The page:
• improper — [adj1] not suitable abnormal, at odds, awkward, bad form, discordant, discrepant, erroneous, false, ill advised, ill timed, imprudent, inaccurate, inadmissible, inadvisable, inapplicable, inapposite, inappropriate, inapt, incongruous, incorrect,… …   New thesaurus

  • improper — (adj.) mid 15c., not true, from Fr. impropre (14c.), from L. improprius, from assimilated form of in not, opposite of (see IN (Cf. in ) (1)) + proprius (see PROPER (Cf. proper)). Meaning not suited, unfit is from 1560s; that of not in accordance… …   Etymology dictionary

  • improper — 1 inappropriate, unfitting, unsuitable, *unfit, inapt, unhappy, infelicitous Analogous words: wrong, *bad, poor: *amiss, astray: incongruous, inconsonant Antonyms: proper Contrasted words: right, *good: * …   New Dictionary of Synonyms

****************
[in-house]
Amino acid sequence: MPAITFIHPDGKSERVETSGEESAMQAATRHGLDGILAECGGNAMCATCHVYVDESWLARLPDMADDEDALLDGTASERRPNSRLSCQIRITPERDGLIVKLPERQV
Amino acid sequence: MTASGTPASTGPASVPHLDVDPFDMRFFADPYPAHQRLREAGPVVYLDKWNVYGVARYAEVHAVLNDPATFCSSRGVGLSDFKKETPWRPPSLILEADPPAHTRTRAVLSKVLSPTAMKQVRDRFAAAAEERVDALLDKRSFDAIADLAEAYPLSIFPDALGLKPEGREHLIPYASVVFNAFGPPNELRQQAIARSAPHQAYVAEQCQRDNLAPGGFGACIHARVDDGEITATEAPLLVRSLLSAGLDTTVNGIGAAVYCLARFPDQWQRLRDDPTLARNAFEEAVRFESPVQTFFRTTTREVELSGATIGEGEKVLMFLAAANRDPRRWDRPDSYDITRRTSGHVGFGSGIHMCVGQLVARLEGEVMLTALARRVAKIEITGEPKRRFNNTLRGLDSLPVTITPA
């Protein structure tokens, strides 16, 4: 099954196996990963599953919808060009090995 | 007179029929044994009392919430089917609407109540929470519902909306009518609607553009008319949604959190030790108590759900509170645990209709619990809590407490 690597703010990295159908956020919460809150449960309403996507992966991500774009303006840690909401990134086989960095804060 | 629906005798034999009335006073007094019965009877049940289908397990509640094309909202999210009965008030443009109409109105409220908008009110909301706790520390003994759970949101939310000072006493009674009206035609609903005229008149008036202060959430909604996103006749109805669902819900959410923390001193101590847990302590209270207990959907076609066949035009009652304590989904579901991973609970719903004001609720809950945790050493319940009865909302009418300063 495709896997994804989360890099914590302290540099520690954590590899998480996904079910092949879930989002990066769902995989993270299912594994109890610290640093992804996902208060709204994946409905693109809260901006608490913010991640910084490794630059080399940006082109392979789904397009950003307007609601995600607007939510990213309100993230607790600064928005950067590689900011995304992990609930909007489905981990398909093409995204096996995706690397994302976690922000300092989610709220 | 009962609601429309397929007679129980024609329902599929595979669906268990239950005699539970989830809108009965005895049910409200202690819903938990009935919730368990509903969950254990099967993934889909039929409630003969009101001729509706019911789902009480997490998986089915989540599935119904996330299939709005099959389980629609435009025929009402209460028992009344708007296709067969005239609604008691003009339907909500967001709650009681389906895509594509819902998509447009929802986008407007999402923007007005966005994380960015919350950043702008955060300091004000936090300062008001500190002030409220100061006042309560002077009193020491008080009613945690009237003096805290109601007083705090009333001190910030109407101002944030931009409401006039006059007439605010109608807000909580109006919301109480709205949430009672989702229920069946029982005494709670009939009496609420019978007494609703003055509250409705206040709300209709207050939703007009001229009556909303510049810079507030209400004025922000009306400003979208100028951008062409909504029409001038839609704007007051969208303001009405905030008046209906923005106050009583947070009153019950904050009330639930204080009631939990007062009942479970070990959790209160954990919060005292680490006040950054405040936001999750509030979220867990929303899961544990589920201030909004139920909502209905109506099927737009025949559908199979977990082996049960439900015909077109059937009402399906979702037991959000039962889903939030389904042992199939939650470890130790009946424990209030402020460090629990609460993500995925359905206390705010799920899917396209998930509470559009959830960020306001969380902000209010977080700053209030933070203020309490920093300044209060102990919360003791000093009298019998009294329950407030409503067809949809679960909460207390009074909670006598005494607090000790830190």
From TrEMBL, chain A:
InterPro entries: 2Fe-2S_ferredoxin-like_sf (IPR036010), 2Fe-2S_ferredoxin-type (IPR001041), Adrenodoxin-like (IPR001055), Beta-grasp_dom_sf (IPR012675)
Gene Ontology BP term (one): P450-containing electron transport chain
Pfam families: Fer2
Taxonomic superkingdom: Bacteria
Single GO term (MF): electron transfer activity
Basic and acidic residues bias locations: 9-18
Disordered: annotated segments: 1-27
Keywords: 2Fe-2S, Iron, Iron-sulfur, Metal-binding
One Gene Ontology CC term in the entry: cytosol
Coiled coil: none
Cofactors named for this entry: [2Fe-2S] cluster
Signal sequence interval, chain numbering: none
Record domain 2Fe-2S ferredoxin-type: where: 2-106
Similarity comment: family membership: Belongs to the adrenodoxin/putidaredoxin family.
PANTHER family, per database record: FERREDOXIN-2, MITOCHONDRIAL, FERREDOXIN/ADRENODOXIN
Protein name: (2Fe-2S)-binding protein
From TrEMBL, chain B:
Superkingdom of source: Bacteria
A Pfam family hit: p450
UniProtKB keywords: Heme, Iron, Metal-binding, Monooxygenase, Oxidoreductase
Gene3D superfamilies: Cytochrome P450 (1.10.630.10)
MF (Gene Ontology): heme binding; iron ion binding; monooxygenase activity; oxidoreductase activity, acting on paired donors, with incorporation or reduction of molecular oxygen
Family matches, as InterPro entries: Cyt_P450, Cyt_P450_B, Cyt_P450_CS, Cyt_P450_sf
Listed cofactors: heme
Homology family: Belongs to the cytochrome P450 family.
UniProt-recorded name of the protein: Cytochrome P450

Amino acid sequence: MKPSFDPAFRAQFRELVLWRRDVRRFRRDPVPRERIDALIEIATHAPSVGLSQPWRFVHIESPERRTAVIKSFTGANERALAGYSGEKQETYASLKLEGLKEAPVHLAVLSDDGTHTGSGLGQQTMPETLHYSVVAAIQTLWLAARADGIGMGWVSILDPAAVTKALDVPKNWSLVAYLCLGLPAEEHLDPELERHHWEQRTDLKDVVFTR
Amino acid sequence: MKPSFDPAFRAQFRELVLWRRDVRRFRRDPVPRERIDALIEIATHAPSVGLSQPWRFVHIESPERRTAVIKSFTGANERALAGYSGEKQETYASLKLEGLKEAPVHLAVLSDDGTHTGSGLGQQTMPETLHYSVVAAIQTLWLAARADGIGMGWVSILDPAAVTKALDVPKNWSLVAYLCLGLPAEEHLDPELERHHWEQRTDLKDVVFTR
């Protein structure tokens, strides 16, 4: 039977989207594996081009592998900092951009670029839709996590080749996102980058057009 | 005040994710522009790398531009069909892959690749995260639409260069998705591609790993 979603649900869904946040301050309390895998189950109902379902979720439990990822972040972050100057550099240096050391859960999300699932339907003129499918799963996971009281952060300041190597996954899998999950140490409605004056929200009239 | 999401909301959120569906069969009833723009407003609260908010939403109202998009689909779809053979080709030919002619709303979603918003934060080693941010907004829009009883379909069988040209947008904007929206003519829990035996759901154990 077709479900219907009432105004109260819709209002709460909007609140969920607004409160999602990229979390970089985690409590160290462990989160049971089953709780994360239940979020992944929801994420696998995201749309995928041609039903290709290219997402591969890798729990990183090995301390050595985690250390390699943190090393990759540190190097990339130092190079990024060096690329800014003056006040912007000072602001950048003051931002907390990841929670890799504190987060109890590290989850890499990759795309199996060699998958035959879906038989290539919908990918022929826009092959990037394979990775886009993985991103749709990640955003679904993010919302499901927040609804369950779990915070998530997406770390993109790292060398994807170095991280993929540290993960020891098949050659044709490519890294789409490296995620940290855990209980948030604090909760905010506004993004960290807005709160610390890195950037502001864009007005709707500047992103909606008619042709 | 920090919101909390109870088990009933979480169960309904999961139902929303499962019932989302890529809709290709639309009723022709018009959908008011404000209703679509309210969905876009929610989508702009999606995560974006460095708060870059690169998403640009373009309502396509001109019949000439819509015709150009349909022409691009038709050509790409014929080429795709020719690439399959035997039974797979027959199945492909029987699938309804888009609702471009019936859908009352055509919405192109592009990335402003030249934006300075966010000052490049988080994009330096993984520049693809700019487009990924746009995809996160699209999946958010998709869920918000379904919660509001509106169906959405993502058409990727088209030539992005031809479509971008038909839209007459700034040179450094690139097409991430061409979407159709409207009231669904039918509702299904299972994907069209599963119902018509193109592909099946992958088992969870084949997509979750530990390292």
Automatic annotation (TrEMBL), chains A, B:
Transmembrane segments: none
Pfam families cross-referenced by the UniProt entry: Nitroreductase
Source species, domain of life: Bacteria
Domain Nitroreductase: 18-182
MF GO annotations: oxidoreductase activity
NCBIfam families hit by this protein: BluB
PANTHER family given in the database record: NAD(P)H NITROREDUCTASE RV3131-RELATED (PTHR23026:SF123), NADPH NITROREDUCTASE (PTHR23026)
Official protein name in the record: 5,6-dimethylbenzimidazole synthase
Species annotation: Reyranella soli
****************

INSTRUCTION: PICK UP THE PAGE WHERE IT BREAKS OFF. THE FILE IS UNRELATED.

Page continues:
• improper — ► ADJECTIVE 1) not conforming with accepted standards of behaviour. 2) unseemly or indecent. DERIVATIVES improperly adverb …   English terms dictionary

  • Improper — ;In mathematics *Improper rotation *Improper integral *Improper fraction *Improper prior *Improper distribution *Improper point *Improper limits;Other *Improper English *Improper motion *Improper nounee also* Proper …   Wikipedia

  • improper — improperly, adv. improperness, n. /im prop euhr/, adj. 1. not proper; not strictly belonging, applicable, correct, etc.; erroneous: He drew improper conclusions from the scant evidence. 2. not in accordance with propriety of behavior, manners,… …   Universalium